Wednesday, February 29, 2012

Trimming Horse Whiskers--Yes or No?

Dr. Joyce Harman DVM questions the normal practice of trimming the whiskers off the horse:

"My question for you—and for most other competitive riders—is: “Why would you clip your horse’s whiskers?” Although they may appear superficial and nonessential, horse whiskers provide valuable information to horses. Equine eyes are positioned in such a way that objects immediately in front of or below horses’ noses are beyond their range of vision. So their horse whiskers help them “see” these objects. For example, while grazing, horses constantly rely on their whiskers to guide their muzzles toward edible food and away from other objects. The long whiskers near their eyes also warn them when there’s a risk of bumping into obstacles, such as branches poking up out of the grass."


I recognize that many disciplines require trimming of the horse's whiskers, ears, fetlocks, etc., in order to compete.  Please don't think that I am trying to diss this practice--you do what you have to do to compete.  However, I would like to point out that we are lucky in the showing of Icelandics.   FEIF (International Federation of Icelandic Horse Associations) does not permit clipping the horse's whiskers:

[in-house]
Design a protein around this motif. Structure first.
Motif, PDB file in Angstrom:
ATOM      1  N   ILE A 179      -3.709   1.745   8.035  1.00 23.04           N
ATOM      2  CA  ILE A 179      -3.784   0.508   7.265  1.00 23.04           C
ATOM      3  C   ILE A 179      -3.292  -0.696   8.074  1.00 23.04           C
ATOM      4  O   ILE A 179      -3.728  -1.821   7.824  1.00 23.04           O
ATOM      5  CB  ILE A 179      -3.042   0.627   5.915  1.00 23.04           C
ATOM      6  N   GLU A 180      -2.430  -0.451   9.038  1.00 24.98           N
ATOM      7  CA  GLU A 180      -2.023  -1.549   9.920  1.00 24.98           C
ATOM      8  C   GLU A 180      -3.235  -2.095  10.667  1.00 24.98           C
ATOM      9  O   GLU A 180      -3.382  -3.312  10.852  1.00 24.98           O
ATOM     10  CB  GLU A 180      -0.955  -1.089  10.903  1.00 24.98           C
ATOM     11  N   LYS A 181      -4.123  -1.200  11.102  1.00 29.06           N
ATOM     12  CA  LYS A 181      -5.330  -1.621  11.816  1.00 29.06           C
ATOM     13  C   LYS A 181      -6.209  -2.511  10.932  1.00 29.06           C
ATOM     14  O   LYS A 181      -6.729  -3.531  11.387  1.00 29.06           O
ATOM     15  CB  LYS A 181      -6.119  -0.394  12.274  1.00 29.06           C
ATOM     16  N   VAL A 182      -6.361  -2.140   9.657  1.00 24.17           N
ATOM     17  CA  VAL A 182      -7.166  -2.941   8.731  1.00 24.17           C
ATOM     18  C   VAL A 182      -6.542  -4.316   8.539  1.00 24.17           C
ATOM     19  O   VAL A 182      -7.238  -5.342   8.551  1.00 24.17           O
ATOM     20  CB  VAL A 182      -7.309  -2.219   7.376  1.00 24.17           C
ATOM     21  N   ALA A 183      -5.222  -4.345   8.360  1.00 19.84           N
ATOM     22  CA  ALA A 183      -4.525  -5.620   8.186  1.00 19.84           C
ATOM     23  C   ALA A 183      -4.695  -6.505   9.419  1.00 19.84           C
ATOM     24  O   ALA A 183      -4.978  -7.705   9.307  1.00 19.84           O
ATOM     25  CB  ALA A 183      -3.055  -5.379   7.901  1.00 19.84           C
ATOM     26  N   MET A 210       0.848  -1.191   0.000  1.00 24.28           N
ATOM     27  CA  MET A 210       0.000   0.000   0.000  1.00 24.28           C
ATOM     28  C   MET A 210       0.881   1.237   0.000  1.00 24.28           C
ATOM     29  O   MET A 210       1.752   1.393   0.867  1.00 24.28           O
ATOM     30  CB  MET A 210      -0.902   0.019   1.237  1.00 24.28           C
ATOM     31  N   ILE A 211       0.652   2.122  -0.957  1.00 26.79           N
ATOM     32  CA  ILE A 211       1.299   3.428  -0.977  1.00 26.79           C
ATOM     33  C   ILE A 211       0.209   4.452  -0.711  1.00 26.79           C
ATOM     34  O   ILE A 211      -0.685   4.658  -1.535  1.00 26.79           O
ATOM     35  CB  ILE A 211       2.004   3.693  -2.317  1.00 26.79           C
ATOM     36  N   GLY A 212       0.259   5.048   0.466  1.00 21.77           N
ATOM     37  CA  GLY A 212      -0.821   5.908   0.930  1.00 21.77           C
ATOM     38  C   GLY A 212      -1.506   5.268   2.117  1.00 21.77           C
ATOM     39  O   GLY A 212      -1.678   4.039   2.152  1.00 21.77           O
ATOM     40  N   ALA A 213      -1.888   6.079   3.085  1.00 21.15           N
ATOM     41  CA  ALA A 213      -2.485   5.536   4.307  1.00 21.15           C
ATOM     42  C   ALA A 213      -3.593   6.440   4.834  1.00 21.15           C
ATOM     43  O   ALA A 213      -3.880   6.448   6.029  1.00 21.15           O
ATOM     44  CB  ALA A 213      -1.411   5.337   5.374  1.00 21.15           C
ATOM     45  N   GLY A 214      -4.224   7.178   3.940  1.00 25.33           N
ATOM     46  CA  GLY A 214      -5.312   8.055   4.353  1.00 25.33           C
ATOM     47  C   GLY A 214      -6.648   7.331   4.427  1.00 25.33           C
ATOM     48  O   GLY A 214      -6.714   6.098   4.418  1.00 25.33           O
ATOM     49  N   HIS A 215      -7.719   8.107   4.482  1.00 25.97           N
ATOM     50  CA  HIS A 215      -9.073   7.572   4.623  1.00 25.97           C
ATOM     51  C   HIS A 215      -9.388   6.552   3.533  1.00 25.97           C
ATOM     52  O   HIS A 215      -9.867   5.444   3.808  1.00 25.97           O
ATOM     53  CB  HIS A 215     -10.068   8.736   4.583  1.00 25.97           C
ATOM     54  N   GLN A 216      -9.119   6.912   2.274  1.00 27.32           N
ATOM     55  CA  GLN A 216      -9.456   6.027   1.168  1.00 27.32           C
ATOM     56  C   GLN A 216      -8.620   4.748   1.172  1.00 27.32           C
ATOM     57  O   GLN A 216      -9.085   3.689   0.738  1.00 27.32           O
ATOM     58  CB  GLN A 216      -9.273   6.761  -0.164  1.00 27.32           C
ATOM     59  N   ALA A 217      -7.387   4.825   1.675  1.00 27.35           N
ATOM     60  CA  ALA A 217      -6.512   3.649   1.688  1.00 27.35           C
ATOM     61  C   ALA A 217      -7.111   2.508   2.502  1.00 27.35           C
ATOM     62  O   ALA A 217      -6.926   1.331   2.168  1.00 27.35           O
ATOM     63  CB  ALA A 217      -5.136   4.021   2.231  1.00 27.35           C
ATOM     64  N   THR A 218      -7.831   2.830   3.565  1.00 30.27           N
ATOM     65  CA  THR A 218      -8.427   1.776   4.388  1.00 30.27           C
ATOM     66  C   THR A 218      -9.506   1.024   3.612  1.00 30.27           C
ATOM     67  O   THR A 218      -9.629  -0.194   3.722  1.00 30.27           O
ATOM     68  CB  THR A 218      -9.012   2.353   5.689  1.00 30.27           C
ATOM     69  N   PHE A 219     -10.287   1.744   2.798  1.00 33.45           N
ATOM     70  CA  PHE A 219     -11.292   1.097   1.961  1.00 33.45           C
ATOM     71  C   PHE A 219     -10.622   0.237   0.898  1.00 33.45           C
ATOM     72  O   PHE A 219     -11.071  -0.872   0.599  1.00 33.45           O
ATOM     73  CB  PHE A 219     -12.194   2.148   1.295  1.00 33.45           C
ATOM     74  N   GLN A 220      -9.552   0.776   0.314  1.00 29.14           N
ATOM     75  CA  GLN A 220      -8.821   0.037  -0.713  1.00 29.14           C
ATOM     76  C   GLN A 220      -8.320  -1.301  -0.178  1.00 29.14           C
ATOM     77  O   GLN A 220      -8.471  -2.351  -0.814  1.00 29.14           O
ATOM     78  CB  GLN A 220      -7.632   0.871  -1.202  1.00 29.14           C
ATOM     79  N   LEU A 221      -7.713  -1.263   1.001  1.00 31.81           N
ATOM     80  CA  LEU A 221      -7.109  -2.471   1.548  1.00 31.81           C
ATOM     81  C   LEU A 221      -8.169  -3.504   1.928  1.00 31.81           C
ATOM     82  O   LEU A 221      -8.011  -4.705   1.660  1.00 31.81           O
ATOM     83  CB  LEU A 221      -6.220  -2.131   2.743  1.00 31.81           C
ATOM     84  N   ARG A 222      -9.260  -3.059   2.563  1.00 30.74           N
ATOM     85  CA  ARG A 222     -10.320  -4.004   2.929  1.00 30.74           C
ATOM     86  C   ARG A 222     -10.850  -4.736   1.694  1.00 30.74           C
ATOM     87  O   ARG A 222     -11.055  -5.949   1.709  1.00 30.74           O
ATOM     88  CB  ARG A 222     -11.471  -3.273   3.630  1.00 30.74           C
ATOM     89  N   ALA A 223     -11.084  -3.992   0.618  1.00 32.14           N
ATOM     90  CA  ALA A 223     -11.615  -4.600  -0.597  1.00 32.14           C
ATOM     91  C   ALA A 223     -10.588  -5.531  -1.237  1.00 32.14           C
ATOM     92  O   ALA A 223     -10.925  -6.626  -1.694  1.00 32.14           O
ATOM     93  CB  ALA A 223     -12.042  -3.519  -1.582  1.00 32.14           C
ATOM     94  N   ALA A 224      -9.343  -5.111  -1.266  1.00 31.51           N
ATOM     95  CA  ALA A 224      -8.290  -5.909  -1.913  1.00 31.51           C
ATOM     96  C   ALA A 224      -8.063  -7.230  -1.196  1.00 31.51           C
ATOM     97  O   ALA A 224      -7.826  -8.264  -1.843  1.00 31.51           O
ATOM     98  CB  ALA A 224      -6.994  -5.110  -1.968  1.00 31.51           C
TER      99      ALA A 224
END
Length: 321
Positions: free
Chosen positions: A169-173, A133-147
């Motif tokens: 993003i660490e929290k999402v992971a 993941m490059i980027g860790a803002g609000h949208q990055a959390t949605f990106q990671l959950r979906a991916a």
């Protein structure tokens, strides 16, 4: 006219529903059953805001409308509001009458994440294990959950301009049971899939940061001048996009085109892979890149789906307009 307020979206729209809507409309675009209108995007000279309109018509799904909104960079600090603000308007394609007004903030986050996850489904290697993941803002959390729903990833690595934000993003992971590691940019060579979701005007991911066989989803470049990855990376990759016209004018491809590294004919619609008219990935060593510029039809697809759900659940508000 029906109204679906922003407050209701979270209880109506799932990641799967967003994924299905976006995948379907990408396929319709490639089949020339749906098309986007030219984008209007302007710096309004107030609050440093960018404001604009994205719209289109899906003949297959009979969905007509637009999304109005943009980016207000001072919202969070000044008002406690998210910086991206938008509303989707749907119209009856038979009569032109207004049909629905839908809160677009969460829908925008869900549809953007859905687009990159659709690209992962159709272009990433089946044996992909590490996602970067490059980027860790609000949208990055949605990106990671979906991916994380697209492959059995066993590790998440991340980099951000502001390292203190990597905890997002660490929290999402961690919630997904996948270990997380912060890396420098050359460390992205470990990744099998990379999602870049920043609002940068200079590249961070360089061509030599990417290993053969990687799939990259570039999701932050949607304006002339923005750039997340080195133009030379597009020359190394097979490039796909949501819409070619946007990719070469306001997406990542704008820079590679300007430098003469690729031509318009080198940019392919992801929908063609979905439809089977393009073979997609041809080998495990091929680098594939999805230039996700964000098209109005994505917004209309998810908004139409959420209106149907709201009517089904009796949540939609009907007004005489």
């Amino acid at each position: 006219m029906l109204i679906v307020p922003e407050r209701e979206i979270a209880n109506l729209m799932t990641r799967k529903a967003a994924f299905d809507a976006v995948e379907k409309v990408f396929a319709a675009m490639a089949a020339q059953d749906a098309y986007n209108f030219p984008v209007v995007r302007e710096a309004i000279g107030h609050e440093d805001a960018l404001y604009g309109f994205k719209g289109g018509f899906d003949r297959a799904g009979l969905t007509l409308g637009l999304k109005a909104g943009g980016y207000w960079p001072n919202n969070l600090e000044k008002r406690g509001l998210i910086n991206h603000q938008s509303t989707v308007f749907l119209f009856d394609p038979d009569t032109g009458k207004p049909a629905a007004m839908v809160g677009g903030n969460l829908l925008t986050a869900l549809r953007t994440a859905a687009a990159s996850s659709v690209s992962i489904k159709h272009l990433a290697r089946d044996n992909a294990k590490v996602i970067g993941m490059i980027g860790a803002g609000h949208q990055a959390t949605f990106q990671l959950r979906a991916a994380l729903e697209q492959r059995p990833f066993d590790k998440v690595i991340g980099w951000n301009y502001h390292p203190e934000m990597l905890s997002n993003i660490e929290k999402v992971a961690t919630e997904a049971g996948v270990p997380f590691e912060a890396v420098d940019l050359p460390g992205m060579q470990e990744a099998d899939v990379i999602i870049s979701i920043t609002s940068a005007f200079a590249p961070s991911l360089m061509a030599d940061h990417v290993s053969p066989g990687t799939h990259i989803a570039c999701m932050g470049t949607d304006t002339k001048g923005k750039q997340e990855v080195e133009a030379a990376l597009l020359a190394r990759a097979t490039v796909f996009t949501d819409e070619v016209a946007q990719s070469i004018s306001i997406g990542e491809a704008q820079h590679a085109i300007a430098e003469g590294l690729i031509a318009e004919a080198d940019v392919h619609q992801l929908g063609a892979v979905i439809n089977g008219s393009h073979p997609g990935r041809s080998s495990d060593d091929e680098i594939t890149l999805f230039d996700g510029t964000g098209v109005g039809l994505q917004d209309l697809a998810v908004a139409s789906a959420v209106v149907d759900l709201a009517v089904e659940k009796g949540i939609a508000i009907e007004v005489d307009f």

"The Icelandic horse is an unique breed with special qualities related to its primitive character. It shall be shown respect unreservedly. The following rules apply at all times: the natural appearance (e.g. natural growth and colour of hair) of the horse shall not be changed. Exceptions – the mane and tail may be trimmed if too long, and the horse may be clipped for health and welfare reasons. Hair on the muzzle, fetlocks, and inside the ears shall not be clipped. The rider shall take into account the special background and needs of the Icelandic horse, and keep the horse under as natural conditions as possible, which provide enough light, fresh air and space for free exercise. Artificial or psychological methods to alter the natural expression of the horse are not allowed."

I do have to admit that our shaggy, hairy Icelandics do appear somewhat "primitive" in open classes in comparison to the breeds that require more trimming.

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